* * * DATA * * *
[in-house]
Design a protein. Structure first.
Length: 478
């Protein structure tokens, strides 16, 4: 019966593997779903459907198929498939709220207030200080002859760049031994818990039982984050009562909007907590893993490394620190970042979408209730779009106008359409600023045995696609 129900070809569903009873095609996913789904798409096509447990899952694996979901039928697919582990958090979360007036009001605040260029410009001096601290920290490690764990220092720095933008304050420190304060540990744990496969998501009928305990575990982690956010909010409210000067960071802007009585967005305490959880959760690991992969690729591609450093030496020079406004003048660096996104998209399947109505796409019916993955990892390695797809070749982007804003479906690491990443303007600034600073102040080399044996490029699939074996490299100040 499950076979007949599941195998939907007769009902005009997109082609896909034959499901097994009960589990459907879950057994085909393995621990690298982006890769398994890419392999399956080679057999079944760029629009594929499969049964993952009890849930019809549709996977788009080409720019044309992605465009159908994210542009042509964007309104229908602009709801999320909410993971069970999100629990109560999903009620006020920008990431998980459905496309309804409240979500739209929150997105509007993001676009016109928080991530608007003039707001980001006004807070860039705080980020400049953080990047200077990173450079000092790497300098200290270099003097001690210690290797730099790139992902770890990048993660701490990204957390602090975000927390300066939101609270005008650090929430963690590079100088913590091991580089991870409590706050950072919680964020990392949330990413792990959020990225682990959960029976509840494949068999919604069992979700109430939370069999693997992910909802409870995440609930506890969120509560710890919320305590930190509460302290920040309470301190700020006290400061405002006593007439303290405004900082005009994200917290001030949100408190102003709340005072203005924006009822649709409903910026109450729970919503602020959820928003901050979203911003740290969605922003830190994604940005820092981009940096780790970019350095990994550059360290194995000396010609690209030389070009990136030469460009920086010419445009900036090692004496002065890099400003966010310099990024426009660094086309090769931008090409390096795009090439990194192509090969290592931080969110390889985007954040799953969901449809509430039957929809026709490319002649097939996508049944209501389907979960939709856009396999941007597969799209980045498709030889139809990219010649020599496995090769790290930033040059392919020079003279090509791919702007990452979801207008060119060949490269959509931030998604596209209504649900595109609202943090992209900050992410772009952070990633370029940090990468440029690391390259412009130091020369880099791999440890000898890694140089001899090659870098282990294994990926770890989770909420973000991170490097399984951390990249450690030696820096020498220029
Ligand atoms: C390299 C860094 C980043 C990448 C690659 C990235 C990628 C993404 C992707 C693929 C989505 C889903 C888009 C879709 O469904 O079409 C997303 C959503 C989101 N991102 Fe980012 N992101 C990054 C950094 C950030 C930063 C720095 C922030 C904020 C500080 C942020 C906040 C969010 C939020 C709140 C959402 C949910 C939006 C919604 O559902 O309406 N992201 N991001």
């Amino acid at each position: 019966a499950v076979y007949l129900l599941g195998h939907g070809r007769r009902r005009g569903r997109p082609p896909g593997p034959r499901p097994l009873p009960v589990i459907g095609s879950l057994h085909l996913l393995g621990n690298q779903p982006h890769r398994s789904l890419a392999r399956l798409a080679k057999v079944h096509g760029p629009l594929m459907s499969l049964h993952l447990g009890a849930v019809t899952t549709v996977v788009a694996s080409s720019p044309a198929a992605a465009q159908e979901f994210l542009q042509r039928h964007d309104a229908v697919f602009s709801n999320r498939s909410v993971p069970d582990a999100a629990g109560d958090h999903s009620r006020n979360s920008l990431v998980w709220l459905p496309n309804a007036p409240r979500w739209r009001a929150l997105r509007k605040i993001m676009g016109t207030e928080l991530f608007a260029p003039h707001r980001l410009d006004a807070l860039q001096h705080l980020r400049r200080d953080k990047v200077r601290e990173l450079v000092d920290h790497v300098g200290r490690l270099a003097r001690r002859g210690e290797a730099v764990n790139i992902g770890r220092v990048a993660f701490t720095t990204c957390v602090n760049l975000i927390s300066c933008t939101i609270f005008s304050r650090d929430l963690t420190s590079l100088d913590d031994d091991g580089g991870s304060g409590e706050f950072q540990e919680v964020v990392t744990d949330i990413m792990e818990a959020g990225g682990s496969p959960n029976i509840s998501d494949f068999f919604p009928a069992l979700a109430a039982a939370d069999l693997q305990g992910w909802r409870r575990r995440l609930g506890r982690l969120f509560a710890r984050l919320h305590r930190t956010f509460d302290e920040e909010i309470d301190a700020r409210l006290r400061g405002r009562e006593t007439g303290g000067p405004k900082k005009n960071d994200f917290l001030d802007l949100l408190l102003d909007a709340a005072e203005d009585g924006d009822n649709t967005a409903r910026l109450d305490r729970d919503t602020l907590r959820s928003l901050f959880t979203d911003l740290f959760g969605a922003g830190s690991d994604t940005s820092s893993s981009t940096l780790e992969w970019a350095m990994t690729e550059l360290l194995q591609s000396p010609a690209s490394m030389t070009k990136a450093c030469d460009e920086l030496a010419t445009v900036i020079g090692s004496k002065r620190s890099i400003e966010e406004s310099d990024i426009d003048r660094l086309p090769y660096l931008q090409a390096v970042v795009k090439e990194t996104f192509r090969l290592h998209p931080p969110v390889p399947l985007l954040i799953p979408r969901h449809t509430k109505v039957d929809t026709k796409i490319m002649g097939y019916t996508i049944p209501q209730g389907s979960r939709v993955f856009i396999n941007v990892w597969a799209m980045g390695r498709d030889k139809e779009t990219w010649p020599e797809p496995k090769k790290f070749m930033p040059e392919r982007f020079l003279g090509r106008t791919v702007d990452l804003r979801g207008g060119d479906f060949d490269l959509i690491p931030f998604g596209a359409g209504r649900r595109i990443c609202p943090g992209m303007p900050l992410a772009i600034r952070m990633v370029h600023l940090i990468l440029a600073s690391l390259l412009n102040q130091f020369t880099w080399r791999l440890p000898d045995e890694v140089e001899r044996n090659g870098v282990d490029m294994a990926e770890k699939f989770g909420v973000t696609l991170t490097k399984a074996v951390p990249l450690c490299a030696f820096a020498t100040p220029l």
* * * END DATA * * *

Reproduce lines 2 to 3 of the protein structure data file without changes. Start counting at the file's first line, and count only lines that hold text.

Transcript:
Design a protein. Structure first.
Length: 478